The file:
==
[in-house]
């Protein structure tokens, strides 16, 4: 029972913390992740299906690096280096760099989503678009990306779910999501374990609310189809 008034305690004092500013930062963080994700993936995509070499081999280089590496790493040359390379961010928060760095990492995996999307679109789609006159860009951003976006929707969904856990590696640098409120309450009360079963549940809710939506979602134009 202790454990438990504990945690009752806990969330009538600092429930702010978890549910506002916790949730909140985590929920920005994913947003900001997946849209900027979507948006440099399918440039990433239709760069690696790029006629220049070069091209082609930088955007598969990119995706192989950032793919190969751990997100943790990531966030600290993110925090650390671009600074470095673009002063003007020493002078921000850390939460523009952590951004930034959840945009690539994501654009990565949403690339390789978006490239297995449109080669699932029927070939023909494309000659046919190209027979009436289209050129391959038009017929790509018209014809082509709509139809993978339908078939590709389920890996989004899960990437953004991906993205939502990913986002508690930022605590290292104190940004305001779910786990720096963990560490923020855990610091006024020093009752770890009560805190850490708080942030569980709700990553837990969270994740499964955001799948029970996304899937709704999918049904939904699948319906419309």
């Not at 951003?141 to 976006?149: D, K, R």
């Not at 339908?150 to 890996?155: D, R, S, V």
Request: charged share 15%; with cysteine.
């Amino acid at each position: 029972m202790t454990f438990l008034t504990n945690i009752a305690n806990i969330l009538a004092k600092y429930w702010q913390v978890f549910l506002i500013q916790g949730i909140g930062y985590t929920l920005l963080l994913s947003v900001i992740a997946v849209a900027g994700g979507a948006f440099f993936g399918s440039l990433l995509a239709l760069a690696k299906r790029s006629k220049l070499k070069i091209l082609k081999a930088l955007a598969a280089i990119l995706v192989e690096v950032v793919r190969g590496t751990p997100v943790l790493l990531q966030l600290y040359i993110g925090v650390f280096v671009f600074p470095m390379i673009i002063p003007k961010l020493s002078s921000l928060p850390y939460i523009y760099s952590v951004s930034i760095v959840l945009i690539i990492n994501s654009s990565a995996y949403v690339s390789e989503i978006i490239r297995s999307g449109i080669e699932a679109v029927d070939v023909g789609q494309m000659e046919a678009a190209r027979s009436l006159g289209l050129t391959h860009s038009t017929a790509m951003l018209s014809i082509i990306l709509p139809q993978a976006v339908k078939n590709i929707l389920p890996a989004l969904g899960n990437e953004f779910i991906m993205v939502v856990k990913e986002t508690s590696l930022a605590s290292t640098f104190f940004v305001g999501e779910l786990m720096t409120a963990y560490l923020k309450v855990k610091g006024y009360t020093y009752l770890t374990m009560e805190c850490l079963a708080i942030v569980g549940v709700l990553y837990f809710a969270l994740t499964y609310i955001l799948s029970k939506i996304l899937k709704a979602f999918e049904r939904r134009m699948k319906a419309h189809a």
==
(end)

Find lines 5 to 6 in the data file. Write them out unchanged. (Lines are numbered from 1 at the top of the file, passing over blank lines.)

Request: charged share 15%; with cysteine.
């Amino acid at each position: 029972m202790t454990f438990l008034t504990n945690i009752a305690n806990i969330l009538a004092k600092y429930w702010q913390v978890f549910l506002i500013q916790g949730i909140g930062y985590t929920l920005l963080l994913s947003v900001i992740a997946v849209a900027g994700g979507a948006f440099f993936g399918s440039l990433l995509a239709l760069a690696k299906r790029s006629k220049l070499k070069i091209l082609k081999a930088l955007a598969a280089i990119l995706v192989e690096v950032v793919r190969g590496t751990p997100v943790l790493l990531q966030l600290y040359i993110g925090v650390f280096v671009f600074p470095m390379i673009i002063p003007k961010l020493s002078s921000l928060p850390y939460i523009y760099s952590v951004s930034i760095v959840l945009i690539i990492n994501s654009s990565a995996y949403v690339s390789e989503i978006i490239r297995s999307g449109i080669e699932a679109v029927d070939v023909g789609q494309m000659e046919a678009a190209r027979s009436l006159g289209l050129t391959h860009s038009t017929a790509m951003l018209s014809i082509i990306l709509p139809q993978a976006v339908k078939n590709i929707l389920p890996a989004l969904g899960n990437e953004f779910i991906m993205v939502v856990k990913e986002t508690s590696l930022a605590s290292t640098f104190f940004v305001g999501e779910l786990m720096t409120a963990y560490l923020k309450v855990k610091g006024y009360t020093y009752l770890t374990m009560e805190c850490l079963a708080i942030v569980g549940v709700l990553y837990f809710a969270l994740t499964y609310i955001l799948s029970k939506i996304l899937k709704a979602f999918e049904r939904r134009m699948k319906a419309h189809a």